450. Outcomes of Peer Instruction in an Infectious Diseases Elective Course for Third-Year Pharmacy Students
Session: Poster Abstract Session: Innovations in Medical Education
Thursday, October 8, 2015
Room: Poster Hall
  • Shah - Peer Instruction in Infectious Diseases Elective for Third Year Pharmacy Students.pdf (389.9 kB)
  • Background: An abbreviated 7-week course on advanced infectious diseases pharmacotherapy was developed and delivered by infectious diseases pharmacists for third-year students in a PharmD program. The course included faculty-generated instruction (75%) and student-generated instruction (25%). Technology was used to capture and post student-generated instruction for asynchronous learning outside of class. There are limited data on the use of technology for peer-to-peer instruction and its impact on student performance. The study objective was to compare student performance on faculty- versus student-generated instruction.

    Methods: Students worked in small groups to develop and asynchronously deliver case-based presentations on novel topics within infectious diseases not seen before in the curriculum. The course coordinators ensured accuracy of student-generated instruction. Student performance on faculty- and student-generated content was compared by using item analysis of exam questions on a cumulative assessment; all questions were written by faculty. A survey was administered at the beginning and end of the course to determine student attitudes towards technology and peer instruction.

    Results: The course was offered in the Spring semesters of 2013-2015. All fifty-nine students enrolled were included in the data analysis of exam questions. The survey response rate was 98%. Exam item analyses showed similar student performance between faculty- and student-generated content (see Table 1). Many students indicated a lack of experience in using technology for peer instruction. Student comfort with being assessed on peer-generated content improved from 76% to 95%, and 95% were confident that they learned from their peers.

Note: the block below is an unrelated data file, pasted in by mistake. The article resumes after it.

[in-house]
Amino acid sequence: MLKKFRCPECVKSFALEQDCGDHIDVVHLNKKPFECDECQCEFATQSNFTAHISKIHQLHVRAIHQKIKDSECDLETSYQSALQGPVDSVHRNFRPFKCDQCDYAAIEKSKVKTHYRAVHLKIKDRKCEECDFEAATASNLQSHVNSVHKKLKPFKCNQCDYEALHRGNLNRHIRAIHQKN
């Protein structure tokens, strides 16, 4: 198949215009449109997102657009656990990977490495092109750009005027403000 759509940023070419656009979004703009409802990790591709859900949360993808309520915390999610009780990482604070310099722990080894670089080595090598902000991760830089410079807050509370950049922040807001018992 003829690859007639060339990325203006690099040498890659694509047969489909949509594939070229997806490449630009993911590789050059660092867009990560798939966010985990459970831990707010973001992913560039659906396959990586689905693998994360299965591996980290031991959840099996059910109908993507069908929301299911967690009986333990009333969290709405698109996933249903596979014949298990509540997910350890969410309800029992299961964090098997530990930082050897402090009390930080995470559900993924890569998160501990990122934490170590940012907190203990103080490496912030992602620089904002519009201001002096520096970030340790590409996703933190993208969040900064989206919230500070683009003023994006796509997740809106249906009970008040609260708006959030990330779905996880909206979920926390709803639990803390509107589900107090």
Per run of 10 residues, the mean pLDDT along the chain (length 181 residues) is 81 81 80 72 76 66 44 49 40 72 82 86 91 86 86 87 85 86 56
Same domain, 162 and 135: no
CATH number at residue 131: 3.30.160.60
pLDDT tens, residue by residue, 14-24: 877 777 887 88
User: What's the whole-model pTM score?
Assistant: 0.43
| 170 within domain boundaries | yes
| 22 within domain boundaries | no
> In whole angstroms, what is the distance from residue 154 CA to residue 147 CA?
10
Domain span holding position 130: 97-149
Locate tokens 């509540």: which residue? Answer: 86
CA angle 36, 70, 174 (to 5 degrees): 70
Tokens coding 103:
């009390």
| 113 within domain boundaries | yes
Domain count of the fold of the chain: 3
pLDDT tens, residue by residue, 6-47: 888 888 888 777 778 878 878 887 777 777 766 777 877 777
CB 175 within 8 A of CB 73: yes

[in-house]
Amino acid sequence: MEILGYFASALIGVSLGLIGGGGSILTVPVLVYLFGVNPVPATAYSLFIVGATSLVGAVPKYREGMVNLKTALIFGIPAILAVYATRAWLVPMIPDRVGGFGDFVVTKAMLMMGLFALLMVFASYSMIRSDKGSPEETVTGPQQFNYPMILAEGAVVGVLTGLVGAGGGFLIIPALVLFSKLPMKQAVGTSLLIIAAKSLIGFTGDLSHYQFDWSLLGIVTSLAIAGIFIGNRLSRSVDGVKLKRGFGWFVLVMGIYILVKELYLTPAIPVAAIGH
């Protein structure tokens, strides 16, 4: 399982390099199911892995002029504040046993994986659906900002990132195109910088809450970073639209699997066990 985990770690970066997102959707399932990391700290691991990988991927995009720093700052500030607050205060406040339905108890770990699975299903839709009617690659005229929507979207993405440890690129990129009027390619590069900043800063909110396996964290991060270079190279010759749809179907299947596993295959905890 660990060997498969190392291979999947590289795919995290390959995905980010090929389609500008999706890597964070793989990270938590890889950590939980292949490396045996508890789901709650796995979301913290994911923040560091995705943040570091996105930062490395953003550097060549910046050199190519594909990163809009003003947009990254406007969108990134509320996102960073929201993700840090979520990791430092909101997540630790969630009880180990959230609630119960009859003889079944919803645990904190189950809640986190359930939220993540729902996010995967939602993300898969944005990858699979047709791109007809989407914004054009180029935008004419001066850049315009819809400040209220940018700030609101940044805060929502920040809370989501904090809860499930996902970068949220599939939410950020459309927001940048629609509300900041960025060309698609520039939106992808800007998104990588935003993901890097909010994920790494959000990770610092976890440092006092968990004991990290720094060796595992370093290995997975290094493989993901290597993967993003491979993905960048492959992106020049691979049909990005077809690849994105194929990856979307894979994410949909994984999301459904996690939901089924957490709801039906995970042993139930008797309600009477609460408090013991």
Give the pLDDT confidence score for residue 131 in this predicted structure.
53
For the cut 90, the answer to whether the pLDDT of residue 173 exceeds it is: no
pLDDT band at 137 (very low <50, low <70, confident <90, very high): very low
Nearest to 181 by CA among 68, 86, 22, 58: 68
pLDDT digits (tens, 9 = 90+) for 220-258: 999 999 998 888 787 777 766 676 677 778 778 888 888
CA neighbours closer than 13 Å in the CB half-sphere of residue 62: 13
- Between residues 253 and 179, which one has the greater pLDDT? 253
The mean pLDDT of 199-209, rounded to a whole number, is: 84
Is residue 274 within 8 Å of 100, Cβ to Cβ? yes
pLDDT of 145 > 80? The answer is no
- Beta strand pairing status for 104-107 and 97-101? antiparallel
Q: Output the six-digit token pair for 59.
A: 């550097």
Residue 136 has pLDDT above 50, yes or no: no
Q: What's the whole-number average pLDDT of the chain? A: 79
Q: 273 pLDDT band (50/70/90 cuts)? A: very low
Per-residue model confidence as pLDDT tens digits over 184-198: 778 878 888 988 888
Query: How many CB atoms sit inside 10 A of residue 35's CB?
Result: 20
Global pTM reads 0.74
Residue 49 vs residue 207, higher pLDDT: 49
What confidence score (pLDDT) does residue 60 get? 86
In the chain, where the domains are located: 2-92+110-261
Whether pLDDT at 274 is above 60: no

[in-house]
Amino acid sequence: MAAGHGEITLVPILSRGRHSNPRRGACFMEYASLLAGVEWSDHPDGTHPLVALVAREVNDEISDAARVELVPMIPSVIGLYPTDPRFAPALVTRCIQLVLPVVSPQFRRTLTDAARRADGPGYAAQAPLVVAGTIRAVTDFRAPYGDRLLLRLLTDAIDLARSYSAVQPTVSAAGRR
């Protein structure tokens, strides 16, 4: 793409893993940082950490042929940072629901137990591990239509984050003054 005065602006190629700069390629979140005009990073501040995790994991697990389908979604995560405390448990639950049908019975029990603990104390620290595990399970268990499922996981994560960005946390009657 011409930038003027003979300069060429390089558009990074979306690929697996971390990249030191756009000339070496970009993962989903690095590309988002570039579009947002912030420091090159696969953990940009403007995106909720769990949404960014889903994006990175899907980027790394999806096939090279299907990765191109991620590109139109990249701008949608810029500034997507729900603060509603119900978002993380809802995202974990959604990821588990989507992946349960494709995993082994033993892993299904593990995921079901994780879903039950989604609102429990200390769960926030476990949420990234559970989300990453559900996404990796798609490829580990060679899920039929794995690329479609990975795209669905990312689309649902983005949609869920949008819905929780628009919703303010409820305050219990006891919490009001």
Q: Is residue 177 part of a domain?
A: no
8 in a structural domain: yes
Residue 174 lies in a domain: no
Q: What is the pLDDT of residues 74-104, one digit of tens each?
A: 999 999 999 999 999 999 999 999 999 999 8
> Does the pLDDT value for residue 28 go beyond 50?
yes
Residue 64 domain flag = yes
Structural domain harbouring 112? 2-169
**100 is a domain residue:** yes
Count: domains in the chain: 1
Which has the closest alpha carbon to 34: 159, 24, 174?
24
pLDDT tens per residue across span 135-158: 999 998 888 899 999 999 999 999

Conclusion: The use of technology may allow for peer-to-peer instruction without adversely affecting student performance. This method augmented traditional classroom instruction in an abbreviated course on advanced infectious diseases pharmacotherapy.

    Table 1: Comparison of Student Performance on Exam Questions


    Percent of Exam Questions Answered Correctly

    Correct Response

    Faculty-generated instruction

    Student-generated instruction













    Bhavik Shah, PharmD, BCPS, AAHIVP and Jason Schafer, PharmD, MPH, BCPS, AAHIVP, Jefferson School of Pharmacy, Thomas Jefferson University, Philadelphia, PA


    B. Shah, None

    J. Schafer, None

    Findings in the abstracts are embargoed until 12:01 a.m. PDT, Wednesday Oct. 7th with the exception of research findings presented at the IDWeek press conferences.